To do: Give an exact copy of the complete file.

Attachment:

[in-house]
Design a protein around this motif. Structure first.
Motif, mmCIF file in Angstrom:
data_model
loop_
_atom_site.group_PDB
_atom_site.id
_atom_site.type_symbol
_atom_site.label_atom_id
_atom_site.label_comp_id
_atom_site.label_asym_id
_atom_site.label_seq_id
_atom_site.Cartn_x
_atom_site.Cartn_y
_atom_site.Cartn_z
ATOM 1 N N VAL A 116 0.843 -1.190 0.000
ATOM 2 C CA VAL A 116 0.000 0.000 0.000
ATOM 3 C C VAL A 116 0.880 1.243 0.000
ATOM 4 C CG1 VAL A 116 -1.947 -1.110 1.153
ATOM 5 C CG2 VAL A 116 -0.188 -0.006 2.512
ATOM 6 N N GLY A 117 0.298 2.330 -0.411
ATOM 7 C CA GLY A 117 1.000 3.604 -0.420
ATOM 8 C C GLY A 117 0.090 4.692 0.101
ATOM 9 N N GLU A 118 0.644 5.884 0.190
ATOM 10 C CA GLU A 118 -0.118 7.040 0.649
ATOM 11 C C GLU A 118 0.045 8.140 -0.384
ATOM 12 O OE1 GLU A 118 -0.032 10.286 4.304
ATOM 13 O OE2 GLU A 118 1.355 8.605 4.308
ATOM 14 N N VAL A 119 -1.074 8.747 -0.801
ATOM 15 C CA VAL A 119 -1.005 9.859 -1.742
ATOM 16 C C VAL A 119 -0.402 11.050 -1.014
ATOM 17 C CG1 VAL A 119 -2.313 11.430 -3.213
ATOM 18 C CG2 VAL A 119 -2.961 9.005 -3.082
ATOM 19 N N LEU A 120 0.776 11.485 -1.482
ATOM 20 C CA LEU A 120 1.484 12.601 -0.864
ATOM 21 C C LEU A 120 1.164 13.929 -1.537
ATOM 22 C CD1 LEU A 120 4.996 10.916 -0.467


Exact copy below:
[in-house]
Design a protein around this motif. Structure first.
Motif, mmCIF file in Angstrom:
data_model
loop_
_atom_site.group_PDB
_atom_site.id
_atom_site.type_symbol
_atom_site.label_atom_id
_atom_site.label_comp_id
_atom_site.label_asym_id
_atom_site.label_seq_id
_atom_site.Cartn_x
_atom_site.Cartn_y
_atom_site.Cartn_z
ATOM 1 N N VAL A 116 0.843 -1.190 0.000
ATOM 2 C CA VAL A 116 0.000 0.000 0.000
ATOM 3 C C VAL A 116 0.880 1.243 0.000
ATOM 4 C CG1 VAL A 116 -1.947 -1.110 1.153
ATOM 5 C CG2 VAL A 116 -0.188 -0.006 2.512
ATOM 6 N N GLY A 117 0.298 2.330 -0.411
ATOM 7 C CA GLY A 117 1.000 3.604 -0.420
ATOM 8 C C GLY A 117 0.090 4.692 0.101
ATOM 9 N N GLU A 118 0.644 5.884 0.190
ATOM 10 C CA GLU A 118 -0.118 7.040 0.649
ATOM 11 C C GLU A 118 0.045 8.140 -0.384
ATOM 12 O OE1 GLU A 118 -0.032 10.286 4.304
ATOM 13 O OE2 GLU A 118 1.355 8.605 4.308
ATOM 14 N N VAL A 119 -1.074 8.747 -0.801
ATOM 15 C CA VAL A 119 -1.005 9.859 -1.742
ATOM 16 C C VAL A 119 -0.402 11.050 -1.014
ATOM 17 C CG1 VAL A 119 -2.313 11.430 -3.213
ATOM 18 C CG2 VAL A 119 -2.961 9.005 -3.082
ATOM 19 N N LEU A 120 0.776 11.485 -1.482
ATOM 20 C CA LEU A 120 1.484 12.601 -0.864
ATOM 21 C C LEU A 120 1.164 13.929 -1.537
ATOM 22 C CD1 LEU A 120 4.996 10.916 -0.467